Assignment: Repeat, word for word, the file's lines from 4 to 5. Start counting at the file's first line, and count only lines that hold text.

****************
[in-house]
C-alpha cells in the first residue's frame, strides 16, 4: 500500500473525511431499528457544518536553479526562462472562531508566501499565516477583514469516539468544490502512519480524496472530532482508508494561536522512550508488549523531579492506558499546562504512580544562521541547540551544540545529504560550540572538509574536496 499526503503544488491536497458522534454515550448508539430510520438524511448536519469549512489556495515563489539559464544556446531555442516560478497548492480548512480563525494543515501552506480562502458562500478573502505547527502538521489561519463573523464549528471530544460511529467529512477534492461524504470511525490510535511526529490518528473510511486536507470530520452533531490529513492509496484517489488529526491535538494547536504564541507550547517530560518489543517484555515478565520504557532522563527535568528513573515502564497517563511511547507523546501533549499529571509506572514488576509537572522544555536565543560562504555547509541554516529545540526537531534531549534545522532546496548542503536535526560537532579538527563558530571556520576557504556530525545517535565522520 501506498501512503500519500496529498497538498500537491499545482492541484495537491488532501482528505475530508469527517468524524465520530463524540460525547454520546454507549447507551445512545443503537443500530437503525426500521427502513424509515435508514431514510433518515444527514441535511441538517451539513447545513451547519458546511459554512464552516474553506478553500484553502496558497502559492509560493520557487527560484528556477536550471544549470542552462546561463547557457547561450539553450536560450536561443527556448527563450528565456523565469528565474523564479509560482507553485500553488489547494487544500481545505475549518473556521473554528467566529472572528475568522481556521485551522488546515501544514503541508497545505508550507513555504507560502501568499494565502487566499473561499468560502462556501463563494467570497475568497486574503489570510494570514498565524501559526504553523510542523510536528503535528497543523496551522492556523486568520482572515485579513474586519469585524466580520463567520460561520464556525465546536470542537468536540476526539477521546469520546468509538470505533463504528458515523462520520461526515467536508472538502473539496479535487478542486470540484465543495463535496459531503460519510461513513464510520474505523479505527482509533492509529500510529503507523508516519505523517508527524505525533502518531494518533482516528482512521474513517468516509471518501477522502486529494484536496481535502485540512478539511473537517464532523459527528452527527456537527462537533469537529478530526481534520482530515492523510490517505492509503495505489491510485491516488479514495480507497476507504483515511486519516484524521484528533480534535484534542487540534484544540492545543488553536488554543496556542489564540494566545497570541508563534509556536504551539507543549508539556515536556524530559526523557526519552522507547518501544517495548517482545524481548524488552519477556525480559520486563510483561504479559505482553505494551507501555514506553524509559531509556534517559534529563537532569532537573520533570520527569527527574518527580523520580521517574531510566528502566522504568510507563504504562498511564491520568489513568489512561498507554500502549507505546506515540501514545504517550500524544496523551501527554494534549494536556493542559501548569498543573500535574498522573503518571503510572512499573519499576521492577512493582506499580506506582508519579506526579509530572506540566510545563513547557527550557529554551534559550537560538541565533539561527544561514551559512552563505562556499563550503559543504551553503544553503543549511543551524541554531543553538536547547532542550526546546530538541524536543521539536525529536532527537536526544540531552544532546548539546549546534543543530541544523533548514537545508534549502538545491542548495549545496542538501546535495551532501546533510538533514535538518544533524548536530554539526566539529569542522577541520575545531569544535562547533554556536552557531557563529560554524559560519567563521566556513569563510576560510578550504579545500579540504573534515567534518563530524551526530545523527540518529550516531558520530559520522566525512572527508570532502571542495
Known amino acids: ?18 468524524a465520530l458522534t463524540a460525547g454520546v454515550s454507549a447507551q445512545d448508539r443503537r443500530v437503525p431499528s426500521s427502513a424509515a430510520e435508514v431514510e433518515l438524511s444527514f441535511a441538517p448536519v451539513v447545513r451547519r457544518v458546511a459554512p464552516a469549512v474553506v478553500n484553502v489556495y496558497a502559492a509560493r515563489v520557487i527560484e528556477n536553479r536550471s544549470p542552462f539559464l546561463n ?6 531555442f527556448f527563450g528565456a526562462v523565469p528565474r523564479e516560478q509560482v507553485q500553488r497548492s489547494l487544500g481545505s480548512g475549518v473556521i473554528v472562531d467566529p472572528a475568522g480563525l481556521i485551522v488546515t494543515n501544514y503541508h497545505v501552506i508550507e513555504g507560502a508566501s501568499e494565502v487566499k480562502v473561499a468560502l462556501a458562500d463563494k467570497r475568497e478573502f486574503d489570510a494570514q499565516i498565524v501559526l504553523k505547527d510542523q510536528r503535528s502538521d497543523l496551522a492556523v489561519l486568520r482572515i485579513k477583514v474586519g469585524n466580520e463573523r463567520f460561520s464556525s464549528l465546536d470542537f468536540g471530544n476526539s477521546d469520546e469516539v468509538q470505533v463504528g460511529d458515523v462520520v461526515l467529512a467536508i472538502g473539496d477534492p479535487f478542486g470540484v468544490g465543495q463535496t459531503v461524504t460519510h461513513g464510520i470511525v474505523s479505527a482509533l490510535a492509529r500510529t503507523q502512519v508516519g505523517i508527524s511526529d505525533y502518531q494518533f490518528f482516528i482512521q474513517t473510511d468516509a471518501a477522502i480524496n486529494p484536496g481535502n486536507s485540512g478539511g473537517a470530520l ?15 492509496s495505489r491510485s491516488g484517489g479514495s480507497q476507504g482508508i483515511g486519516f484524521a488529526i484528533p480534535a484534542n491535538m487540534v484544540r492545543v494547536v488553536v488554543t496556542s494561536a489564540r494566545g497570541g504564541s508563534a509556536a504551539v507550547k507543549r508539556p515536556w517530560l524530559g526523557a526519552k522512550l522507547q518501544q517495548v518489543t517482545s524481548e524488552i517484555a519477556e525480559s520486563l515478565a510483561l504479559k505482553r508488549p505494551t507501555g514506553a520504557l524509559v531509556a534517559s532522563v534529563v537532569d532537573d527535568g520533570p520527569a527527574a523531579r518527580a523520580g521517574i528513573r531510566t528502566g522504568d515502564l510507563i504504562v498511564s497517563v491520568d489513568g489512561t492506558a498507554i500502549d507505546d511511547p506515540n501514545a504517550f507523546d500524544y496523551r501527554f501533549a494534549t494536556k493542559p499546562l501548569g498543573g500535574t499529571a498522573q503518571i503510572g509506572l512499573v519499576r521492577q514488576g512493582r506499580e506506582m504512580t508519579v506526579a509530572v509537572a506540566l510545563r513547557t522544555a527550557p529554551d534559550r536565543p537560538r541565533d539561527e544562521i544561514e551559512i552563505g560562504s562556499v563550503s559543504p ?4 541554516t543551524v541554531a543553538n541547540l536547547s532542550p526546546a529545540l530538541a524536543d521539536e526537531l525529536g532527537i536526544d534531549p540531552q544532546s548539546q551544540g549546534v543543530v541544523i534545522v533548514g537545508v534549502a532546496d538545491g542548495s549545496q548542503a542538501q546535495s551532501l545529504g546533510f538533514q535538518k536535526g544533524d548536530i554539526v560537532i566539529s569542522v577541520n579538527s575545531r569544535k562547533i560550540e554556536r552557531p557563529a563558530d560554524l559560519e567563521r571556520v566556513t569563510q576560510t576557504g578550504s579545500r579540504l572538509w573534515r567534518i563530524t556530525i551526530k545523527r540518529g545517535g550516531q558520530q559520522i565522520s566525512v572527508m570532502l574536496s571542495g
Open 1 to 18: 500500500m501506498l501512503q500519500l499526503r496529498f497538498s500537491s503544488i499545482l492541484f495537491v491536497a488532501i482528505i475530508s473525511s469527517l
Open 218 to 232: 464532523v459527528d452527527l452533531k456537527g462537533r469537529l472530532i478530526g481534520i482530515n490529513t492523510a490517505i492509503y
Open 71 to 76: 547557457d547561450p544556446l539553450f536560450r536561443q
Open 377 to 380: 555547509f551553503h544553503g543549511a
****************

Open 1 to 18: 500500500m501506498l501512503q500519500l499526503r496529498f497538498s500537491s503544488i499545482l492541484f495537491v491536497a488532501i482528505i475530508s473525511s469527517l
Open 218 to 232: 464532523v459527528d452527527l452533531k456537527g462537533r469537529l472530532i478530526g481534520i482530515n490529513t492523510a490517505i492509503y